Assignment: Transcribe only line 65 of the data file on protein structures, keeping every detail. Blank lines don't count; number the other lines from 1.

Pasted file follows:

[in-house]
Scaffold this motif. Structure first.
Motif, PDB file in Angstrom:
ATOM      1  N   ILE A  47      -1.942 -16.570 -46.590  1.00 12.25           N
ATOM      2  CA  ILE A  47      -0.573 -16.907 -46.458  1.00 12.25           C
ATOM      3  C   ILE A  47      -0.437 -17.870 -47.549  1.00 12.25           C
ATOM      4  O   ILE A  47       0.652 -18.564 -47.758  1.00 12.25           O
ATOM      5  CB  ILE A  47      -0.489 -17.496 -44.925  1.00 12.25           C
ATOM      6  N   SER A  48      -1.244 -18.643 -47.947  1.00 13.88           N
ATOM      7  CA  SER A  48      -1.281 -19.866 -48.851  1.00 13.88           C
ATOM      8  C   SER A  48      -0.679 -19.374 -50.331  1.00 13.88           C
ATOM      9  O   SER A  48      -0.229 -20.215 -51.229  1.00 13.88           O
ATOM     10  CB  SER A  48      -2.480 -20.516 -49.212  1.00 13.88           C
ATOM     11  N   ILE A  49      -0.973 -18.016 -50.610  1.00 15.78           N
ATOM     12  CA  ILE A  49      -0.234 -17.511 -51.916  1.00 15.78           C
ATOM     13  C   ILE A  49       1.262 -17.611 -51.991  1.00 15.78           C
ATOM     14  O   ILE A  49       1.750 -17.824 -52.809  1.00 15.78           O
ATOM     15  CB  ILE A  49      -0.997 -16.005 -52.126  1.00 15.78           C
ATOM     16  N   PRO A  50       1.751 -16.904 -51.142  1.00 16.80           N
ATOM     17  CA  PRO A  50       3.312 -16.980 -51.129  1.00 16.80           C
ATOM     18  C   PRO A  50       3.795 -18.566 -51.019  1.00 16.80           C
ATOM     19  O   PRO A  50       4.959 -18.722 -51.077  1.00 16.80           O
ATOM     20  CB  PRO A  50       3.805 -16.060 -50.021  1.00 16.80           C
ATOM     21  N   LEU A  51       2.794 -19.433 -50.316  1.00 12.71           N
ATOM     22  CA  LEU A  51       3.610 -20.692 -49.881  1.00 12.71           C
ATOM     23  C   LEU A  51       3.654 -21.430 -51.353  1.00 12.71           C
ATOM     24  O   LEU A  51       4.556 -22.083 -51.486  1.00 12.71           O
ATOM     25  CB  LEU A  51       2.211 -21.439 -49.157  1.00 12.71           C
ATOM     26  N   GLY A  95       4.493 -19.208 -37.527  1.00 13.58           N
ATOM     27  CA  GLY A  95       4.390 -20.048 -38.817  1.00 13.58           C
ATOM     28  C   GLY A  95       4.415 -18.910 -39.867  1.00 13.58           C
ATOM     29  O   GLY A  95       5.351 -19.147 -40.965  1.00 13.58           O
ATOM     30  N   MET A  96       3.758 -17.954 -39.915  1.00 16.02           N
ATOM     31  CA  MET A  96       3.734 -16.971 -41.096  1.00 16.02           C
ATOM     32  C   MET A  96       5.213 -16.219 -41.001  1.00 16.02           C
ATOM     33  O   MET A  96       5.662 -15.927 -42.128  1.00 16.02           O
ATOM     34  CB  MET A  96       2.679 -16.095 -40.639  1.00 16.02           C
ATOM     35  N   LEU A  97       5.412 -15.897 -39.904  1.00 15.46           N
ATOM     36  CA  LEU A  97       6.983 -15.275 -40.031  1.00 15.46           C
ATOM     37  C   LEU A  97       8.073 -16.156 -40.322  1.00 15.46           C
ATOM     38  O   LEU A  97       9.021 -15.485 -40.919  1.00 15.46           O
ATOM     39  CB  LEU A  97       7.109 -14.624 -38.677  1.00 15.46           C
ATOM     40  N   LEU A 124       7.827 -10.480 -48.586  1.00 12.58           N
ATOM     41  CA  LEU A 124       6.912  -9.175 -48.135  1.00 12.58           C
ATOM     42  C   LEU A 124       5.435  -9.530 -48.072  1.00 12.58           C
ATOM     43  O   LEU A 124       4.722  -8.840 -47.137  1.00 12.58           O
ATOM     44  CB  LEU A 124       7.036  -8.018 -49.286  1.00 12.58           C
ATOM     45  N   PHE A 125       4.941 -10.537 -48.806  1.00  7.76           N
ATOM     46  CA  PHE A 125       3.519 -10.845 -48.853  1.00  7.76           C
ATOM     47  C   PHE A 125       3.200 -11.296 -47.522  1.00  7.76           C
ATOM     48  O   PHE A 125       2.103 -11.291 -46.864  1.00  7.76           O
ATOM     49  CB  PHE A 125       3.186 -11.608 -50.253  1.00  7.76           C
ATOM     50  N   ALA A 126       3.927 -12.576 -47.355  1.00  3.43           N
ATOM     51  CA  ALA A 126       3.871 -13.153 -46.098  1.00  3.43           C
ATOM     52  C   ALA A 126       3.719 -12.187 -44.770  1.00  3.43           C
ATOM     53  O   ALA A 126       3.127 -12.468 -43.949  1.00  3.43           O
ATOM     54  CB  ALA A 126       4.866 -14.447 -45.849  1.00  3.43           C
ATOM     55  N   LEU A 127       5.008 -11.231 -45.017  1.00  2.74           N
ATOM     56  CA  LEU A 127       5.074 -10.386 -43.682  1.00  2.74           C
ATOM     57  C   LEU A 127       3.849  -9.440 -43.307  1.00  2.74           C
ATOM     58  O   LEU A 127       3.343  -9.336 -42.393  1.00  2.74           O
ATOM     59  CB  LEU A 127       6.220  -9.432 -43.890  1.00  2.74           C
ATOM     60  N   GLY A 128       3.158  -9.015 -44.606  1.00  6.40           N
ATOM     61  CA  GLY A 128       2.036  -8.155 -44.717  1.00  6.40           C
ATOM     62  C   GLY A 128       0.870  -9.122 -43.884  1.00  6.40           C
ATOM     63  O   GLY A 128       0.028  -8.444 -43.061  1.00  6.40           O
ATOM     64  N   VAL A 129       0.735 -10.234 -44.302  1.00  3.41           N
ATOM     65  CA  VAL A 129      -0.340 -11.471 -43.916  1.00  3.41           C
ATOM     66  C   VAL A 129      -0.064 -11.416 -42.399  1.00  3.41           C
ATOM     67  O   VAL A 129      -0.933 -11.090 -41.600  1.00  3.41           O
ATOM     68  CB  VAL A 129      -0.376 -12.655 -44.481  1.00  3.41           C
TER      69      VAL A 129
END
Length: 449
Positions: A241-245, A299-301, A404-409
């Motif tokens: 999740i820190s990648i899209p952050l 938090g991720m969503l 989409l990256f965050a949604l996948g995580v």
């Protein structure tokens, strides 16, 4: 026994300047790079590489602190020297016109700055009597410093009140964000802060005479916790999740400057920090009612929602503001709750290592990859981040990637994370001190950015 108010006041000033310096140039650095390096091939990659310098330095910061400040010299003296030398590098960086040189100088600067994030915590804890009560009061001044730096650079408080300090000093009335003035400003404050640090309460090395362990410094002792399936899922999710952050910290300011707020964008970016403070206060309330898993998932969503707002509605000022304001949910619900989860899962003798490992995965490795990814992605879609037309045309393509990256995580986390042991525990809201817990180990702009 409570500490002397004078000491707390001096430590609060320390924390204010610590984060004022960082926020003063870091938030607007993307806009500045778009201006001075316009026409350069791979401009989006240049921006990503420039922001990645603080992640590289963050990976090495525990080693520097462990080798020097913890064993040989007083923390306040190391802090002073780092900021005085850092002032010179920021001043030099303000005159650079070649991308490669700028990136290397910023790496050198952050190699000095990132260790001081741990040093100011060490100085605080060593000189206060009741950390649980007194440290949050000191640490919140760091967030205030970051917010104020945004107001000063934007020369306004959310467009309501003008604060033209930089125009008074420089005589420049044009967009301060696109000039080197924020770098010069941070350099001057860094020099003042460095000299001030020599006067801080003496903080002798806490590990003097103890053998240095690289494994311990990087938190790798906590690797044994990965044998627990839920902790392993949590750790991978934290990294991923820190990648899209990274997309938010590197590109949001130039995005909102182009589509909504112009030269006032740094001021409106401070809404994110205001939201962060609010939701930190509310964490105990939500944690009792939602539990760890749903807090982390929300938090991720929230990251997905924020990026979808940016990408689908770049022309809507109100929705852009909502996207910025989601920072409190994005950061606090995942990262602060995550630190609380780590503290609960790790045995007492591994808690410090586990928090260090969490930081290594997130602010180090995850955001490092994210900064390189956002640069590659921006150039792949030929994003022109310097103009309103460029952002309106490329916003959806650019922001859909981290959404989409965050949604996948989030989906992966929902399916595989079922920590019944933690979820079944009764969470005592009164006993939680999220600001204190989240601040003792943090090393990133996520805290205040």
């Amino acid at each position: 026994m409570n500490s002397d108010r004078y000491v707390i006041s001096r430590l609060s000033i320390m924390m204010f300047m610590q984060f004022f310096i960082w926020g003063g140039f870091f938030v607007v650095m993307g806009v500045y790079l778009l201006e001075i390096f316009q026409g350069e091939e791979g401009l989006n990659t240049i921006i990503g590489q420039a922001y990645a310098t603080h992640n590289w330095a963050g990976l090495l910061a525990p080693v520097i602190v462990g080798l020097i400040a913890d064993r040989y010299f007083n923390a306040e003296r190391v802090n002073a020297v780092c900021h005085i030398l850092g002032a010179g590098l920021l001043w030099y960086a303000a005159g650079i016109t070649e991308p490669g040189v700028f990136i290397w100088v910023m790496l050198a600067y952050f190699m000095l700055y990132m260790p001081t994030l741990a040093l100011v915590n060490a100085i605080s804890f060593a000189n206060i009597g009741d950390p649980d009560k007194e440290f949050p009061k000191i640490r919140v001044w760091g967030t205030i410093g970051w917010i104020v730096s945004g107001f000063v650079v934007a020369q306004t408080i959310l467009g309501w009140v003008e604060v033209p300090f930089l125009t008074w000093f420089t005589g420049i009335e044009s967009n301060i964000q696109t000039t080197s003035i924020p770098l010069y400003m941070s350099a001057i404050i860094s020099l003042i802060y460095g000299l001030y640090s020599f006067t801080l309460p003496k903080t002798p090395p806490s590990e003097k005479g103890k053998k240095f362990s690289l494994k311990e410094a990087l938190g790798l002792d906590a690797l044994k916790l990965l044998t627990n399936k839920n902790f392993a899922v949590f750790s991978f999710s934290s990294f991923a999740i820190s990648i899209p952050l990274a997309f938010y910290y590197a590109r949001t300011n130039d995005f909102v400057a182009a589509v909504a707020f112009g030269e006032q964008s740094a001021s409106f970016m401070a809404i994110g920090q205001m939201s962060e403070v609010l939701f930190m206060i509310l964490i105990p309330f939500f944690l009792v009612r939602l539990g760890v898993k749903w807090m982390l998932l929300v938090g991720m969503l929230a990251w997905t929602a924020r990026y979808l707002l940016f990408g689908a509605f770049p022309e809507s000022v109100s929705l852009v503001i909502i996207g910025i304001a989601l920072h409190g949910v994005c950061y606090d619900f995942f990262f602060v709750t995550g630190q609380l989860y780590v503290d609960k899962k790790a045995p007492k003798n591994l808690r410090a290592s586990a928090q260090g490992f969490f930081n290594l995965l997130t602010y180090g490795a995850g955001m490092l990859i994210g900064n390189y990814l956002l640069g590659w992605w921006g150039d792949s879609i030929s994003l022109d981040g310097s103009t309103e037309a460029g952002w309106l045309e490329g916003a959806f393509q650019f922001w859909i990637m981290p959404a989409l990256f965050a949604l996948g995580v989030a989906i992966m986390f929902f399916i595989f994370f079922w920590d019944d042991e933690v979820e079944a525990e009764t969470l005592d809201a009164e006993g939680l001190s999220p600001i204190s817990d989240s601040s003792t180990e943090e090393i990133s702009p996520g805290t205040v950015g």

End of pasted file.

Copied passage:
ATOM     62  C   GLY A 128       0.870  -9.122 -43.884  1.00  6.40           C